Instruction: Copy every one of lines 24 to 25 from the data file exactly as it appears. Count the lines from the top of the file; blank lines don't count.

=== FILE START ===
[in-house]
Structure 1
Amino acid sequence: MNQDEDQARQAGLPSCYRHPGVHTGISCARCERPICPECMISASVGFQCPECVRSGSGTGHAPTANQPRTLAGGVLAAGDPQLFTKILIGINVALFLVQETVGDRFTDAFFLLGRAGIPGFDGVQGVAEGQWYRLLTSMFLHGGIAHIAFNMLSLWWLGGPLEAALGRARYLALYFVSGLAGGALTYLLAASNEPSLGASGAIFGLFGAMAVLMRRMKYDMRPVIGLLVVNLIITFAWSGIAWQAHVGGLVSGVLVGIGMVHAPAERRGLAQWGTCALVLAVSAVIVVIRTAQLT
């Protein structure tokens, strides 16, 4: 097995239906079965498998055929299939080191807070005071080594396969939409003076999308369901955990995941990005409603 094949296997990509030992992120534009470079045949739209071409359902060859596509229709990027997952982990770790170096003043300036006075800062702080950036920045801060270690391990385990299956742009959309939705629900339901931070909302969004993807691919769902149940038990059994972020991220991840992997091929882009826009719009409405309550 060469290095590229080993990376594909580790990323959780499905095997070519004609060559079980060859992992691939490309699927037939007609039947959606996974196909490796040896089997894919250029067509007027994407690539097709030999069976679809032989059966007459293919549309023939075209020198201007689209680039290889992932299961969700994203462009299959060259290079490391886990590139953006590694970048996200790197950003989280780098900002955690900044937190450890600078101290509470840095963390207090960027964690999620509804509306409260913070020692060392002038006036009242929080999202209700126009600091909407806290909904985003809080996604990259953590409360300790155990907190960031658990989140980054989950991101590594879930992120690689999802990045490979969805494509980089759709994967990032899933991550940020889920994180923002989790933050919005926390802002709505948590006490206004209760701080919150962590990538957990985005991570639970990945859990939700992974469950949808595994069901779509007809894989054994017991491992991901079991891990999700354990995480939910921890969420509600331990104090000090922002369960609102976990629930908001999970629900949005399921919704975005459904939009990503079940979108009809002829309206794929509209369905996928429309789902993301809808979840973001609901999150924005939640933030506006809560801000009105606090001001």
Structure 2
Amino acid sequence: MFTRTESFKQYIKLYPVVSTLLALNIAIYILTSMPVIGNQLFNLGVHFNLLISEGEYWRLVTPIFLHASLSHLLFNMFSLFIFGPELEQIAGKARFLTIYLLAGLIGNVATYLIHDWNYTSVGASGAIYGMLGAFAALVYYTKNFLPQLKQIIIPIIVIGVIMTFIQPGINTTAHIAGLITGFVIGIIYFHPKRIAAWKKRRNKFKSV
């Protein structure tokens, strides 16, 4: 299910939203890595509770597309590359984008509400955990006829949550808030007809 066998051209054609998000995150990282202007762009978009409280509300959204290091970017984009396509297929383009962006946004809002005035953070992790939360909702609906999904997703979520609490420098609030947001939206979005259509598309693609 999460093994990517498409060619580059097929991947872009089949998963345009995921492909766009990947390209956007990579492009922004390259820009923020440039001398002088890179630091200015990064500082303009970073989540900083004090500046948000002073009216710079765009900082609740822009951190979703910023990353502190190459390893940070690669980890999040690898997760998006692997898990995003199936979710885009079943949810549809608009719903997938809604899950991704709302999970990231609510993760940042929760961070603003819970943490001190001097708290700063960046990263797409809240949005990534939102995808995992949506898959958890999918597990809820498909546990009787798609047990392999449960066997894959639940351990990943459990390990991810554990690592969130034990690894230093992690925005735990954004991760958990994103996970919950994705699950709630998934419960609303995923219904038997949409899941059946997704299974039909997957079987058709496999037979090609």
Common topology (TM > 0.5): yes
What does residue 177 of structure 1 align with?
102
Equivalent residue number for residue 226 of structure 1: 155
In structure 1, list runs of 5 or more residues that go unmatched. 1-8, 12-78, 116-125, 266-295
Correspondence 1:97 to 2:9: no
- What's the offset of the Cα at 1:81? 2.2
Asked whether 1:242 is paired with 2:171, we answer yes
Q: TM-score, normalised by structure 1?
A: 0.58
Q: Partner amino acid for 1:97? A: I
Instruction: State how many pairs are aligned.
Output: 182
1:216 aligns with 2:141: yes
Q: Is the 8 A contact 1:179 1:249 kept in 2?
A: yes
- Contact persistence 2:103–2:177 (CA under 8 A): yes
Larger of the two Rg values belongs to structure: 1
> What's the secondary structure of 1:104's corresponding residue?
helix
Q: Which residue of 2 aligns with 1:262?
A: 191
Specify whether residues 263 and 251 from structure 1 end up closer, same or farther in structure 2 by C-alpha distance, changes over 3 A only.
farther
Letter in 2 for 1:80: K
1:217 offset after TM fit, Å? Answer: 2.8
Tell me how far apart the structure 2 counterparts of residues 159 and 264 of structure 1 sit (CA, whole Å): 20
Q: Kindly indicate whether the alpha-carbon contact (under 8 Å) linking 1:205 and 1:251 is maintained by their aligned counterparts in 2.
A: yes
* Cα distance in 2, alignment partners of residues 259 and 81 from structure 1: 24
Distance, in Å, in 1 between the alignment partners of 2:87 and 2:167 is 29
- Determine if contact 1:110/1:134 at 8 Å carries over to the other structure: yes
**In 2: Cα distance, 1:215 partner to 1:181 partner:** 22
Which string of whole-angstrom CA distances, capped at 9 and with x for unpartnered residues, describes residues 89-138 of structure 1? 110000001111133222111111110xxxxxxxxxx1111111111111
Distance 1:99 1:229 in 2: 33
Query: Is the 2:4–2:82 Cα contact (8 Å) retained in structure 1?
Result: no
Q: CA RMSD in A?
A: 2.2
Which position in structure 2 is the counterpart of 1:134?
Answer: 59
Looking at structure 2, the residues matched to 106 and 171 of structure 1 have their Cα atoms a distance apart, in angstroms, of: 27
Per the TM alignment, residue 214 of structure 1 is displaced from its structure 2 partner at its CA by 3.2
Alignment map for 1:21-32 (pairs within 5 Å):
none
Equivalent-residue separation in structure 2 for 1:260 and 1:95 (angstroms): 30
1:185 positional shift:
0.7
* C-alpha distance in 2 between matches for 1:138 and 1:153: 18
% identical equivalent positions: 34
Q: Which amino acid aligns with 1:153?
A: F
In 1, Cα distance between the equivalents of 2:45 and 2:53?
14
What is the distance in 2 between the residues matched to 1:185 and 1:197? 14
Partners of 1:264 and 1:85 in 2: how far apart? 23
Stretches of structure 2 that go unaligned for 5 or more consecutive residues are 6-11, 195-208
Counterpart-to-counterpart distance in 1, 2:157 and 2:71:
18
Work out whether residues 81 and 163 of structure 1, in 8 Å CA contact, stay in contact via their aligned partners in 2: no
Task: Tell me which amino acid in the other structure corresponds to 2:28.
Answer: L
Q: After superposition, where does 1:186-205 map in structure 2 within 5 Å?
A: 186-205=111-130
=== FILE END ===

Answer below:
- Contact persistence 2:103–2:177 (CA under 8 A): yes
Larger of the two Rg values belongs to structure: 1